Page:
I hope it’s not a spoiler to give you part of the book’s final conversation between Joey and Tayta. If a mirror is involved, Tayta may be holding it up, but it’s Joey who is looking at himself:

‘I tell you something, Joey. Deep in the mind, any man from all time, no matter what they like to fuck – women, other men, goats – deep in the mind, they still believe woman is weaker than man.’

She stood up. Joey was empty.

She walked towards the garden and kicked with her slipper at a weed growing from a crack in the concrete until it dislodged. ‘And this is why that shit happen to the young girl in the car park with you and them kleb.’ She sounded like she was swallowing her tears. She bent over, picked up the weed and flung it into the garden. ‘And this is why, all around the world, men always doing shit to women in car parks.’

Joey’s anxiety had indeed lifted like magic earlier, and it turned like magic too.

(Page 256)

Just before the meeting I reread the book’s Prologue, which I had forgotten. It’s in the form of an Arab folktale about a terrorising djinn who agrees to leave the women of a camp alone if they gave her the manhood of all their boys. The women do so, and when the little boys grow up, they don’t grow beards, have no gusto for work and must be led, confused, through the desert.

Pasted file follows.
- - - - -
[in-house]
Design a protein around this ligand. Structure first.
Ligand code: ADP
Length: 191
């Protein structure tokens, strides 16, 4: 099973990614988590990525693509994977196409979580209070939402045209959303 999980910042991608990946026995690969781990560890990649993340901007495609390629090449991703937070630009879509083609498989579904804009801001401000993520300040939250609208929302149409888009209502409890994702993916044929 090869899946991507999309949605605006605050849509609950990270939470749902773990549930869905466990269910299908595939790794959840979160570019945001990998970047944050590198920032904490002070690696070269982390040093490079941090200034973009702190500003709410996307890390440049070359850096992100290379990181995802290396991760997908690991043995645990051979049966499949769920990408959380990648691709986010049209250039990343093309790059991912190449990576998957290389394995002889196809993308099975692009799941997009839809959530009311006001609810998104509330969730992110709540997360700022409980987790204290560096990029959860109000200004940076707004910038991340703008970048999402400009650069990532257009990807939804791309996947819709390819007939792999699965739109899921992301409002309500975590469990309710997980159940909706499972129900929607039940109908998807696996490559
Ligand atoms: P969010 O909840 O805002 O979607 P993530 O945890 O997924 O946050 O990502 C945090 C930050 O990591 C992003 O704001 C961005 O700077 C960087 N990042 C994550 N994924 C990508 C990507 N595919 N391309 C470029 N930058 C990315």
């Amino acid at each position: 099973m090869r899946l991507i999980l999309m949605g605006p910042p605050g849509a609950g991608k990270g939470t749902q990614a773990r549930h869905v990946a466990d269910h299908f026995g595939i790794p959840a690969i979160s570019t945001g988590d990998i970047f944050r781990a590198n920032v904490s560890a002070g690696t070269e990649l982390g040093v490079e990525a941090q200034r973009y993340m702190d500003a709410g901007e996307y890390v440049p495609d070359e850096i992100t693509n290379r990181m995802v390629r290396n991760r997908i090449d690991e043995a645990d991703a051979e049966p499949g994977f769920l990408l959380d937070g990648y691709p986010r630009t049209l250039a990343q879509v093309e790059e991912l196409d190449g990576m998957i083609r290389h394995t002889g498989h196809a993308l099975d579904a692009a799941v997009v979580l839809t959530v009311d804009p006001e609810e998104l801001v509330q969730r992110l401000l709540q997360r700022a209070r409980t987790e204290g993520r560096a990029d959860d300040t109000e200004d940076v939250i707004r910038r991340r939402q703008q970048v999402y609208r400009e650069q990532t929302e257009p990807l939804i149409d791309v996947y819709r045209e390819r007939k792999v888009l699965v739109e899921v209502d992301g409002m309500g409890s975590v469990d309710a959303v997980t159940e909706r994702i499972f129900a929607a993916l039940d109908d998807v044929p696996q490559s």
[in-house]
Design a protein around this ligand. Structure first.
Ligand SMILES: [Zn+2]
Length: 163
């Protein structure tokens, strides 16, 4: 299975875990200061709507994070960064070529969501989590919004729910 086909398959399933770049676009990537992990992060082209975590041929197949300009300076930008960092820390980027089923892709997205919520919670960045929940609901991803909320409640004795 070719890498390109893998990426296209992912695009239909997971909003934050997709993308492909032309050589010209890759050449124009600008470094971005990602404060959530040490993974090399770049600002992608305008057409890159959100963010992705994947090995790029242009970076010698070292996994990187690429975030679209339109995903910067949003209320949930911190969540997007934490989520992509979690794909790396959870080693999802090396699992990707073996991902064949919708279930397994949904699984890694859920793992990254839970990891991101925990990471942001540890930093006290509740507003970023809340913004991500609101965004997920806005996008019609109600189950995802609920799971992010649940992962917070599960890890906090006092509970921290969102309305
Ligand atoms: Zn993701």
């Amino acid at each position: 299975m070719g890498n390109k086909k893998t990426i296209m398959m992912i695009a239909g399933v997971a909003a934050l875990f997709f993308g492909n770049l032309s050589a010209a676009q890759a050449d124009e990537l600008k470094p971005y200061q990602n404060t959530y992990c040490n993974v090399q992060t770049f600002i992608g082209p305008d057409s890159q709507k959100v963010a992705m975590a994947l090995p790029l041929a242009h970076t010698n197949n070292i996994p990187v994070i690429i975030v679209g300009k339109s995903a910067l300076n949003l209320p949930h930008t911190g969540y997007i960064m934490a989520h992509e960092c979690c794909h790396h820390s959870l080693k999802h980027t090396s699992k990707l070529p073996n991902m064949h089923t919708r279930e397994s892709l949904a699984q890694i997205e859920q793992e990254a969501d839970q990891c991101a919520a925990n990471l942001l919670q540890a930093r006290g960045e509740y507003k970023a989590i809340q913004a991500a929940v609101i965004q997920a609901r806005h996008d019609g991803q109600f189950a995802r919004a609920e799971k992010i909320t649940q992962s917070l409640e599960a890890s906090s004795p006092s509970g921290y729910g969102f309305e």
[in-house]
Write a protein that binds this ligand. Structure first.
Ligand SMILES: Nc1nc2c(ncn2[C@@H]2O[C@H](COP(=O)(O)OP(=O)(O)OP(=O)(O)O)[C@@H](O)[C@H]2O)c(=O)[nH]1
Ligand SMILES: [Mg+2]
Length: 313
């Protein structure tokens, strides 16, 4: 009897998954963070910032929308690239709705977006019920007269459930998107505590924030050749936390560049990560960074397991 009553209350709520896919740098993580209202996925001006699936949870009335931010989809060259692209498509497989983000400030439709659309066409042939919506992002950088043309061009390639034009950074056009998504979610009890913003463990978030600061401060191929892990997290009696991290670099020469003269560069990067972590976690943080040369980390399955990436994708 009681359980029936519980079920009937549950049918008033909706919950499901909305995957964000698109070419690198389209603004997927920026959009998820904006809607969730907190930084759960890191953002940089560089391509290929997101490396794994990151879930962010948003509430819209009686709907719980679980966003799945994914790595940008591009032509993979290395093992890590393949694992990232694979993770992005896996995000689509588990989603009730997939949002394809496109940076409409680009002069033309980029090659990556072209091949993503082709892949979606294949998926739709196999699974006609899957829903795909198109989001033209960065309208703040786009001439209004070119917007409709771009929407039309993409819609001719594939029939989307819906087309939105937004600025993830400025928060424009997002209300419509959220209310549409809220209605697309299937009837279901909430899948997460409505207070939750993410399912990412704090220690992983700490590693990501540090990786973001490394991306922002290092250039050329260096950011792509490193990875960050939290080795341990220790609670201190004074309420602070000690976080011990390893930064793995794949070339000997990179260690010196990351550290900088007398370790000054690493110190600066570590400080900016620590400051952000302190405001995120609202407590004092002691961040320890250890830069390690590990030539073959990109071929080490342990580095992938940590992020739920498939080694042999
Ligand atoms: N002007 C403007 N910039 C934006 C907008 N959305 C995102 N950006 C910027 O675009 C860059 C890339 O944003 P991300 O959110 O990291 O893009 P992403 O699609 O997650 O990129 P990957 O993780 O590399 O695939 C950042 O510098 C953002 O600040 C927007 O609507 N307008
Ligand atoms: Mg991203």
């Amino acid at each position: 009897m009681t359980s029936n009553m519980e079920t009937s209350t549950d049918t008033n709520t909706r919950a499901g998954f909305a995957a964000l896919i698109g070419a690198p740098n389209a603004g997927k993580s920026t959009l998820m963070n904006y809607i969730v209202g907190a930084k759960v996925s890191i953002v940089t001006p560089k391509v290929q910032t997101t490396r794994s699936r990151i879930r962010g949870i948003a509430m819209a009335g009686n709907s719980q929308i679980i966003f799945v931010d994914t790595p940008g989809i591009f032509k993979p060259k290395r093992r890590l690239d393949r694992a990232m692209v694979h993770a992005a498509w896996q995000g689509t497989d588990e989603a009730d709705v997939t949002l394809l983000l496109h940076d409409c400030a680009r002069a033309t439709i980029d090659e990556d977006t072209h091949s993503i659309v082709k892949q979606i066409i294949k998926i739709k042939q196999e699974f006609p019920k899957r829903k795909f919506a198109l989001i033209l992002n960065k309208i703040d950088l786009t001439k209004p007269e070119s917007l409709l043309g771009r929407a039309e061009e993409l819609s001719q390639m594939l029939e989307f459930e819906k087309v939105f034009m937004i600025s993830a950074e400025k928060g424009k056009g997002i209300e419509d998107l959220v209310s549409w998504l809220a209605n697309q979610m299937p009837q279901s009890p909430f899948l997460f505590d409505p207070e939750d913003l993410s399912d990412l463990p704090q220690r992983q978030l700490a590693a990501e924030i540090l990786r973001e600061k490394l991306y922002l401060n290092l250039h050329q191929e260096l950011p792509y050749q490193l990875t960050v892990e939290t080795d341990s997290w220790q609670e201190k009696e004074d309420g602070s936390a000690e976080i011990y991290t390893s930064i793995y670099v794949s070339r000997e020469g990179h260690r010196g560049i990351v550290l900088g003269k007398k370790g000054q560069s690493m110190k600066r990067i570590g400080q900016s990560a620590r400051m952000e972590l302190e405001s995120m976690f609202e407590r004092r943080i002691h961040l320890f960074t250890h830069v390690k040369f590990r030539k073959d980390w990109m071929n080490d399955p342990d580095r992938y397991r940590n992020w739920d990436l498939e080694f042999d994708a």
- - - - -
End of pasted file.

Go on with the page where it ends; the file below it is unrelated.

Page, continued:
I went into the meeting wondering what to make of that, and wondering what anyone else had made of Bri Lee’s review.

The meeting: This was the first time many of us had been together in person for a long time. We marvelled at the excellence of the bring-a-plate meal, and the luxury of sitting maskless around a table to eat it.

It took us a while to get to Losing Face. Our host was fresh from a battle with a government department in his local area, and there was much experience-based lamentation about bureaucracies. I was able to relay some wise words passed on to me by an employee of that department who had heard it from an old man when he was young: ‘Always remember that the department has no heart to break and no arse to kick.’

We all liked the book. In the process of discussing it, we came to appreciate the way our sympathies and expectations were managed. At first, the sexual assault scene feels like a nasty incident that may well turn out to be one of a sequence. Joey does his best to reassure himself that he’s a decent person, and as we go along with him, or not, we’re uneasy about the moral universe of the novel. When the police knock on Joey’s door it comes as a surprise, and we’re ambivalent: we’re apprehensive for Joey, who has our sympathy, but relieved that this is not going to be a novel in which the main character descends into callous depravity.

I’ll avoid spoilers, but will say that for such a short novel, Losing Face includes a lot of complexity about moral responsibility and the workings of the law. I’d forgotten some of the surprise twists of the legal proceedings.